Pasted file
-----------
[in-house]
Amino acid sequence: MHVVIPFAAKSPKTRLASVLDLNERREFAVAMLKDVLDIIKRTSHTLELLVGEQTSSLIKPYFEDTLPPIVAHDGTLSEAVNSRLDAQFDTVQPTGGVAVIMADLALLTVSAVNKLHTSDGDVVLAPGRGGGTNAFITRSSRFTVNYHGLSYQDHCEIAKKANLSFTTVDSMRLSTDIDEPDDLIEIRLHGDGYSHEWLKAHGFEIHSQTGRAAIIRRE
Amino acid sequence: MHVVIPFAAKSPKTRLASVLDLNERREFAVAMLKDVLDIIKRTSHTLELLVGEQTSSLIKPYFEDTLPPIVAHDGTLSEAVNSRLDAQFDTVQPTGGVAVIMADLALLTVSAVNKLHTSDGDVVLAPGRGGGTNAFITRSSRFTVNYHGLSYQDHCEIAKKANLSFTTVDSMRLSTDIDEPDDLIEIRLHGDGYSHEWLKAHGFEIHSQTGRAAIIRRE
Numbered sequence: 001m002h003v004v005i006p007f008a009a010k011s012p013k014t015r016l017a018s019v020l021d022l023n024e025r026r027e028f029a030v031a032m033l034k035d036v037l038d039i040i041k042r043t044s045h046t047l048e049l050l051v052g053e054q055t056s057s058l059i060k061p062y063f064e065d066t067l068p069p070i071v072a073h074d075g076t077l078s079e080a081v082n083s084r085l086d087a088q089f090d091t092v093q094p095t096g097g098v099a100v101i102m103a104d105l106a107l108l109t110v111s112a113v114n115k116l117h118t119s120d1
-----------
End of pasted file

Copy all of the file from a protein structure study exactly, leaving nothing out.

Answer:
[in-house]
Amino acid sequence: MHVVIPFAAKSPKTRLASVLDLNERREFAVAMLKDVLDIIKRTSHTLELLVGEQTSSLIKPYFEDTLPPIVAHDGTLSEAVNSRLDAQFDTVQPTGGVAVIMADLALLTVSAVNKLHTSDGDVVLAPGRGGGTNAFITRSSRFTVNYHGLSYQDHCEIAKKANLSFTTVDSMRLSTDIDEPDDLIEIRLHGDGYSHEWLKAHGFEIHSQTGRAAIIRRE
Amino acid sequence: MHVVIPFAAKSPKTRLASVLDLNERREFAVAMLKDVLDIIKRTSHTLELLVGEQTSSLIKPYFEDTLPPIVAHDGTLSEAVNSRLDAQFDTVQPTGGVAVIMADLALLTVSAVNKLHTSDGDVVLAPGRGGGTNAFITRSSRFTVNYHGLSYQDHCEIAKKANLSFTTVDSMRLSTDIDEPDDLIEIRLHGDGYSHEWLKAHGFEIHSQTGRAAIIRRE
Numbered sequence: 001m002h003v004v005i006p007f008a009a010k011s012p013k014t015r016l017a018s019v020l021d022l023n024e025r026r027e028f029a030v031a032m033l034k035d036v037l038d039i040i041k042r043t044s045h046t047l048e049l050l051v052g053e054q055t056s057s058l059i060k061p062y063f064e065d066t067l068p069p070i071v072a073h074d075g076t077l078s079e080a081v082n083s084r085l086d087a088q089f090d091t092v093q094p095t096g097g098v099a100v101i102m103a104d105l106a107l108l109t110v111s112a113v114n115k116l117h118t119s120d1